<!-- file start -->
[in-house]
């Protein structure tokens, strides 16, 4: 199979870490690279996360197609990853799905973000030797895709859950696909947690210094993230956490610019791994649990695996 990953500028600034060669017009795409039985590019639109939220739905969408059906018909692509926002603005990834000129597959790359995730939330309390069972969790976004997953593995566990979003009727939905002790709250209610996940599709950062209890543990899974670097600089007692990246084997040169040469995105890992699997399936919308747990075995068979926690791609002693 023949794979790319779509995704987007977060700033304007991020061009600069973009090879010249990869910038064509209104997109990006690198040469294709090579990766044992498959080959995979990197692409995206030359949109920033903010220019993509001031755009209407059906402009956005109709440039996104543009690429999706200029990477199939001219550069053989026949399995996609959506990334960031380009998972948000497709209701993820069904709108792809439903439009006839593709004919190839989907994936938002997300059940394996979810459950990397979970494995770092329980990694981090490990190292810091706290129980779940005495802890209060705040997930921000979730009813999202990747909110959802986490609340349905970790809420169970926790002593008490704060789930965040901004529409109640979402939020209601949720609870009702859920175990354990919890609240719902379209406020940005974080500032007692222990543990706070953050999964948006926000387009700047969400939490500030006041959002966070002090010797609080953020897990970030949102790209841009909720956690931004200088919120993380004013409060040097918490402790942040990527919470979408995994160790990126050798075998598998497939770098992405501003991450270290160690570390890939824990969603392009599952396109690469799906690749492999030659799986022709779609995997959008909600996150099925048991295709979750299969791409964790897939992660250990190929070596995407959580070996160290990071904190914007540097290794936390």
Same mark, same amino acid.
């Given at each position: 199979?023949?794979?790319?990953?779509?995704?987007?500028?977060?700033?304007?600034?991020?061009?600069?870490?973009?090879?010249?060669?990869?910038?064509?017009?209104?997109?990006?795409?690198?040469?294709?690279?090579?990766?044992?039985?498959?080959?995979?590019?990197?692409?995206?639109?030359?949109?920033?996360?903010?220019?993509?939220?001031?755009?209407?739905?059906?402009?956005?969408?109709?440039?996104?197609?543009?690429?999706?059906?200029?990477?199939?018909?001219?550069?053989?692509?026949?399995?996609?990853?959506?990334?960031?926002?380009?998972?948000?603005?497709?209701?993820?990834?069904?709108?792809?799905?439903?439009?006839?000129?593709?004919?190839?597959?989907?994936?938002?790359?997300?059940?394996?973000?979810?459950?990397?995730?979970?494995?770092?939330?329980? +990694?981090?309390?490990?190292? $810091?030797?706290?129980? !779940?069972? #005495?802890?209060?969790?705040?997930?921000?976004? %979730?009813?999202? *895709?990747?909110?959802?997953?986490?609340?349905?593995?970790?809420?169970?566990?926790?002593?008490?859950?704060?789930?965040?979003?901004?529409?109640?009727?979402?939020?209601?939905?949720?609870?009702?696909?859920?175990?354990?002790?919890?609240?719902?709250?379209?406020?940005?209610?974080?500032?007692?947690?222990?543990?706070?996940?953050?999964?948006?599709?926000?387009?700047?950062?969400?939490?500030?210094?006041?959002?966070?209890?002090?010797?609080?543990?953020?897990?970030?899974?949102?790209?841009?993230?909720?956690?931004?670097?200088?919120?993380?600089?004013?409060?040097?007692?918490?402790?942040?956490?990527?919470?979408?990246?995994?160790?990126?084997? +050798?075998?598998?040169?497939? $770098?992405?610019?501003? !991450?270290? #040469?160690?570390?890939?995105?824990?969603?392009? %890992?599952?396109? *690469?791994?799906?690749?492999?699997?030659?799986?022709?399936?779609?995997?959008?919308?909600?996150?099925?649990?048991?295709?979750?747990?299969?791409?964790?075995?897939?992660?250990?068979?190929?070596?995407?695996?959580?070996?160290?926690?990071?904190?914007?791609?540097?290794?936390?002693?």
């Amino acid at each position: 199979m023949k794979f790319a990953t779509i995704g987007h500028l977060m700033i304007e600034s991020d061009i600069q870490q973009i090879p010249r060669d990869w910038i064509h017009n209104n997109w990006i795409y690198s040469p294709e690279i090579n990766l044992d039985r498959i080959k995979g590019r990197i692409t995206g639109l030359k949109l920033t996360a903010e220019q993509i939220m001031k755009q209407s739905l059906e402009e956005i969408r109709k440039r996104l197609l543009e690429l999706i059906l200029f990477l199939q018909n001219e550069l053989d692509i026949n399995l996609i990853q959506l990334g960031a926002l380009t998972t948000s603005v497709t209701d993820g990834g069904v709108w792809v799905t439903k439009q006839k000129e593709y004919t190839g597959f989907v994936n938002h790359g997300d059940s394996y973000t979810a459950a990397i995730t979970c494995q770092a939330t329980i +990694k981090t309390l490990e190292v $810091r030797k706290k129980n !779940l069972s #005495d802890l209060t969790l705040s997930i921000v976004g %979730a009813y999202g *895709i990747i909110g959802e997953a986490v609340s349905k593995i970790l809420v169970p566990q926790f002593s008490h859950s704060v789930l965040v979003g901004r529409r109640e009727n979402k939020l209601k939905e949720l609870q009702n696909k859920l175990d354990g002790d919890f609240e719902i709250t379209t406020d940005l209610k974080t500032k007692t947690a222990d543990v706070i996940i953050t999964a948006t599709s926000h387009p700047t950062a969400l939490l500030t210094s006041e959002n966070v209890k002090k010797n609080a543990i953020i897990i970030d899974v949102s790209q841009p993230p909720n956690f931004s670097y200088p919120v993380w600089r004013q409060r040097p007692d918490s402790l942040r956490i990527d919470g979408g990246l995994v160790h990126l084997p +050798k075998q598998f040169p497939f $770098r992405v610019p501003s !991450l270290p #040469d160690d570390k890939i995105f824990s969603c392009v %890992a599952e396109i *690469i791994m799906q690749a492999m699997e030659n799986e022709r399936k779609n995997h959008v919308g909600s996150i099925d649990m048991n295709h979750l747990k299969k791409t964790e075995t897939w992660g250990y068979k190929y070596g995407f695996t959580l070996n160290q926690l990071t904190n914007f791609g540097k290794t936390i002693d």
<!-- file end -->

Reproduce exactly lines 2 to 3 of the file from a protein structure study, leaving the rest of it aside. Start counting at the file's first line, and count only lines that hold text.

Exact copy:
């Protein structure tokens, strides 16, 4: 199979870490690279996360197609990853799905973000030797895709859950696909947690210094993230956490610019791994649990695996 990953500028600034060669017009795409039985590019639109939220739905969408059906018909692509926002603005990834000129597959790359995730939330309390069972969790976004997953593995566990979003009727939905002790709250209610996940599709950062209890543990899974670097600089007692990246084997040169040469995105890992699997399936919308747990075995068979926690791609002693 023949794979790319779509995704987007977060700033304007991020061009600069973009090879010249990869910038064509209104997109990006690198040469294709090579990766044992498959080959995979990197692409995206030359949109920033903010220019993509001031755009209407059906402009956005109709440039996104543009690429999706200029990477199939001219550069053989026949399995996609959506990334960031380009998972948000497709209701993820069904709108792809439903439009006839593709004919190839989907994936938002997300059940394996979810459950990397979970494995770092329980990694981090490990190292810091706290129980779940005495802890209060705040997930921000979730009813999202990747909110959802986490609340349905970790809420169970926790002593008490704060789930965040901004529409109640979402939020209601949720609870009702859920175990354990919890609240719902379209406020940005974080500032007692222990543990706070953050999964948006926000387009700047969400939490500030006041959002966070002090010797609080953020897990970030949102790209841009909720956690931004200088919120993380004013409060040097918490402790942040990527919470979408995994160790990126050798075998598998497939770098992405501003991450270290160690570390890939824990969603392009599952396109690469799906690749492999030659799986022709779609995997959008909600996150099925048991295709979750299969791409964790897939992660250990190929070596995407959580070996160290990071904190914007540097290794936390």
Same mark, same amino acid.